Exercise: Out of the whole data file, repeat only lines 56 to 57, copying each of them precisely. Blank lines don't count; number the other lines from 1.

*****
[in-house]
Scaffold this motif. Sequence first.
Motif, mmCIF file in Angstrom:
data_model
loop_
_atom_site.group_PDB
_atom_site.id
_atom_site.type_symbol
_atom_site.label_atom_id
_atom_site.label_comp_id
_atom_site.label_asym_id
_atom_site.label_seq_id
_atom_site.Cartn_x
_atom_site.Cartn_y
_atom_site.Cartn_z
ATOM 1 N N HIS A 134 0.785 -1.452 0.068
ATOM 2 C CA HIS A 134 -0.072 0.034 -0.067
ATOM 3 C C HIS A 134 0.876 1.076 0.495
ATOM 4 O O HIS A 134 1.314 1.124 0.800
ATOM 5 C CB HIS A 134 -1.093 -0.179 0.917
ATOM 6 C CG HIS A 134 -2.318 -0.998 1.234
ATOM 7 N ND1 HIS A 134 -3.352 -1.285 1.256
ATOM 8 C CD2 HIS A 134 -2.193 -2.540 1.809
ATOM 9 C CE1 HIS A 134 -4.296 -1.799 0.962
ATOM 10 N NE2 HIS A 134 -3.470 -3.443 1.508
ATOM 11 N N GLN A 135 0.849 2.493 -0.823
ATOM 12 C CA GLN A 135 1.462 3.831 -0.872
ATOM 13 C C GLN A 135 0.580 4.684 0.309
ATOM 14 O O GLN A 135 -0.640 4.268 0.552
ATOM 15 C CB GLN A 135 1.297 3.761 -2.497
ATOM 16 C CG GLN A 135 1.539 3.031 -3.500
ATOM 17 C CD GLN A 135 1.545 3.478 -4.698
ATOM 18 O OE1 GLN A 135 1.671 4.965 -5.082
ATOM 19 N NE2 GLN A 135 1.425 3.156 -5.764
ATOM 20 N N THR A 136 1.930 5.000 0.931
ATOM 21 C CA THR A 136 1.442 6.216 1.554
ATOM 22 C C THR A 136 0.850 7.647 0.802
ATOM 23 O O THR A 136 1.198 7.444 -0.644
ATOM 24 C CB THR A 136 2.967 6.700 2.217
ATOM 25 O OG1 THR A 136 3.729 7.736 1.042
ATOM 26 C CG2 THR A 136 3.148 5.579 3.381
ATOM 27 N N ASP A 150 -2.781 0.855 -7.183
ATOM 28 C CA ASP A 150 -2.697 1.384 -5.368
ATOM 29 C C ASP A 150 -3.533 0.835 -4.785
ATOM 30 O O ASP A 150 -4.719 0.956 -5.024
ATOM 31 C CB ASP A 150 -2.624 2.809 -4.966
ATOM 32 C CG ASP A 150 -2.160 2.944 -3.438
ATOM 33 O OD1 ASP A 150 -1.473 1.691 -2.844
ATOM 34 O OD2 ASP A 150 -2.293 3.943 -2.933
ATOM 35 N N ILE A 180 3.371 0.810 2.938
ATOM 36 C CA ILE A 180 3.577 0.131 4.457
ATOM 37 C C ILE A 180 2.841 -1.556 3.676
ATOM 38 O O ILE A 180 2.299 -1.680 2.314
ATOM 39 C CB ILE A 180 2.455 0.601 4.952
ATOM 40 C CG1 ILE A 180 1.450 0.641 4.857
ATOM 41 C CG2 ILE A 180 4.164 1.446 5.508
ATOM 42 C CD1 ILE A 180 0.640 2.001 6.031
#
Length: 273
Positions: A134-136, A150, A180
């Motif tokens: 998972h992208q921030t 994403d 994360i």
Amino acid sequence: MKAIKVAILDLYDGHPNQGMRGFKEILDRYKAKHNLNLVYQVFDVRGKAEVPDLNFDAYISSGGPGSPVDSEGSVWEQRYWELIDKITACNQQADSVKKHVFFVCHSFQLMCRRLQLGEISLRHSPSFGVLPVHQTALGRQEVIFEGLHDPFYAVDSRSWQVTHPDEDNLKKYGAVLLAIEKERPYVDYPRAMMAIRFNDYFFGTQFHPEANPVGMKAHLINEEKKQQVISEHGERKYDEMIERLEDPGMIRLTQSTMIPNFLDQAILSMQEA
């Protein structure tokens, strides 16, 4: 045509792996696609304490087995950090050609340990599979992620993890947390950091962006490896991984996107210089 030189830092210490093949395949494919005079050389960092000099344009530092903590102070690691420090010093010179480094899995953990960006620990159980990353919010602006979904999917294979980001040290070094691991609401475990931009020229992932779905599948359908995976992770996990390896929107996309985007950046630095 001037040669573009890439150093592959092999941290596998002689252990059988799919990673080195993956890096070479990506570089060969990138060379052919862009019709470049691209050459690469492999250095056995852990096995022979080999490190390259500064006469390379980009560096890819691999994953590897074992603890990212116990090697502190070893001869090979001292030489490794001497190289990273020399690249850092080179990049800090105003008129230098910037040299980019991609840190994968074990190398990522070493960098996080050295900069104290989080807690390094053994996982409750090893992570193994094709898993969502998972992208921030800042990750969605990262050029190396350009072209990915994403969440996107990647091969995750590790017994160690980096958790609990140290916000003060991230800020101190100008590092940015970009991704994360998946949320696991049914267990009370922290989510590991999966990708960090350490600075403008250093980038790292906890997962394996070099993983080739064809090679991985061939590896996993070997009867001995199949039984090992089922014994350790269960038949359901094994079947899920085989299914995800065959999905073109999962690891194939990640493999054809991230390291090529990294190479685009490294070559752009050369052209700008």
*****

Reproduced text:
ATOM 41 C CG2 ILE A 180 4.164 1.446 5.508
ATOM 42 C CD1 ILE A 180 0.640 2.001 6.031